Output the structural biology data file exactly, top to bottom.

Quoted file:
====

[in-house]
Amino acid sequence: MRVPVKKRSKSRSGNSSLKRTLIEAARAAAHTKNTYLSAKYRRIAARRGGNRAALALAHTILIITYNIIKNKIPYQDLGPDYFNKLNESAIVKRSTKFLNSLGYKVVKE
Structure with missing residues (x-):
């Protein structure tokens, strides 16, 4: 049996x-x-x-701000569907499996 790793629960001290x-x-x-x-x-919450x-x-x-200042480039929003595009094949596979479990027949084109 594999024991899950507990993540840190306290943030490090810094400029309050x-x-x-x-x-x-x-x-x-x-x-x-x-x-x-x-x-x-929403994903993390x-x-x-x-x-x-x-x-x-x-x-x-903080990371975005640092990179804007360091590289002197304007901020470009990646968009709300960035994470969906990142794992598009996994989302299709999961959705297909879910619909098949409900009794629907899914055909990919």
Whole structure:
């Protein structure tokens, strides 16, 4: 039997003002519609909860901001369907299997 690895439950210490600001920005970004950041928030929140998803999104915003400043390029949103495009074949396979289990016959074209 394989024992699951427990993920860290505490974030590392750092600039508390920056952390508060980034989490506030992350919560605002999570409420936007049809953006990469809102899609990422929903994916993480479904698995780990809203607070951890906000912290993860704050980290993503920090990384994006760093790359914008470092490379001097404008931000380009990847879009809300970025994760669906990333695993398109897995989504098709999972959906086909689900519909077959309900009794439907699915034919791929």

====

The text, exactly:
[in-house]
Amino acid sequence: MRVPVKKRSKSRSGNSSLKRTLIEAARAAAHTKNTYLSAKYRRIAARRGGNRAALALAHTILIITYNIIKNKIPYQDLGPDYFNKLNESAIVKRSTKFLNSLGYKVVKE
Structure with missing residues (x-):
């Protein structure tokens, strides 16, 4: 049996x-x-x-701000569907499996 790793629960001290x-x-x-x-x-919450x-x-x-200042480039929003595009094949596979479990027949084109 594999024991899950507990993540840190306290943030490090810094400029309050x-x-x-x-x-x-x-x-x-x-x-x-x-x-x-x-x-x-929403994903993390x-x-x-x-x-x-x-x-x-x-x-x-903080990371975005640092990179804007360091590289002197304007901020470009990646968009709300960035994470969906990142794992598009996994989302299709999961959705297909879910619909098949409900009794629907899914055909990919």
Whole structure:
């Protein structure tokens, strides 16, 4: 039997003002519609909860901001369907299997 690895439950210490600001920005970004950041928030929140998803999104915003400043390029949103495009074949396979289990016959074209 394989024992699951427990993920860290505490974030590392750092600039508390920056952390508060980034989490506030992350919560605002999570409420936007049809953006990469809102899609990422929903994916993480479904698995780990809203607070951890906000912290993860704050980290993503920090990384994006760093790359914008470092490379001097404008931000380009990847879009809300970025994760669906990333695993398109897995989504098709999972959906086909689900519909077959309900009794439907699915034919791929």